with phone numbers and e mail addresses Personal home pages Professor David Eck Professor Kevin Mitchell Professor John Vaughn Information from the 1995 96 catalog about majoring in Mathematics or Computer Science Information about Kevin Mitchell s Term Abroad in Australia program Notes for a talk by Kevin Mitchell on hyperbolic tilings Information about The Most Complex Machine David Eck s introductory computer science textbook Math and Computer Science on the Web Starting Points for Exploration The Association for Computing Machinery s server including Crossroads an on line journal by and for students Graduate Assistantship Directory The American Mathematical Society s server including On line versions of AMS publications such as Bulletin of the AMS and Notices of the AMS A searchable membership list World Wide Web Virtual Library pages for Mathematics Computing The Mathematical Association of America List of Mathematics Information Servers from the Penn State Some Interesting Pages The Geometry Center The Jargon File aka The Hacker s Deictionary Electronic Journal of Undergraduate Mathematics This site is located on a Macintosh IIci running Chuck Shotton s HTTP server for Macintosh MacHTTP If you are interested in learning more about MacHTTP here is the MacHTTP documentation that came with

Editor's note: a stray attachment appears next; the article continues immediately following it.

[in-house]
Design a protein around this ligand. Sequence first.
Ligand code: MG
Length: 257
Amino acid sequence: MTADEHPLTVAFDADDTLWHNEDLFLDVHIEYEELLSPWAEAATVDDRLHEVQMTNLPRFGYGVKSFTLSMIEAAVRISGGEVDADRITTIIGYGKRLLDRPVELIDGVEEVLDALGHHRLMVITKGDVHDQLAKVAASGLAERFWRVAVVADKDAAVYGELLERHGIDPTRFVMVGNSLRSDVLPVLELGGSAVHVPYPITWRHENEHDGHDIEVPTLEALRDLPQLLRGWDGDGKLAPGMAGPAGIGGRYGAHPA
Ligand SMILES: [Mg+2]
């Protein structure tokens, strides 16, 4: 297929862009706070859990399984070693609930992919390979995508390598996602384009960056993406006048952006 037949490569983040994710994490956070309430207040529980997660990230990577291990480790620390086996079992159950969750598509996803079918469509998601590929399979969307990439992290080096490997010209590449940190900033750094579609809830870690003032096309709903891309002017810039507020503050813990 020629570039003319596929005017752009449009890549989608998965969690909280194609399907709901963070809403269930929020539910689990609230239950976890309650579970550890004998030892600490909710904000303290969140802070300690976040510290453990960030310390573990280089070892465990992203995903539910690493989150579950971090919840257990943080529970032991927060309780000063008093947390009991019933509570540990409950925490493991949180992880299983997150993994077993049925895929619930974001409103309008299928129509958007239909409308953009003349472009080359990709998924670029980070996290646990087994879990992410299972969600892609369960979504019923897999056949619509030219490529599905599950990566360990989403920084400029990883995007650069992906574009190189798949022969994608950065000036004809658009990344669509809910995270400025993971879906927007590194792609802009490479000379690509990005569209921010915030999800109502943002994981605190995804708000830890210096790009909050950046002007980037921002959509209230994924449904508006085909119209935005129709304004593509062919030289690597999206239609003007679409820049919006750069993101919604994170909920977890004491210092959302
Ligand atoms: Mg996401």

Original URL path: http://math.hws.edu/original-website/Default.html (2016-02-07)
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  • John Vaughn's Home Page
    A Life by Susan Quinn Reflections of Eden by Birute M F Galdikas The Most Complex Machine by David Eck includes software The Devil s Dictionary by Ambrose Bierce Journey Through Genius by William Dunham Teach Yourself Web Publishing with HTML by Laura Lemay Mobile Robots Inspiration to Implementation by Jones and Flynn Bebop to the Boolean Boogie by Clive call me Max Maxwell Pinhole Photography by Eric Renner Making

    Original URL path: http://math.hws.edu/original-website/vaughn/index.html (2016-02-07)
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  • CPSC 328: Program Translators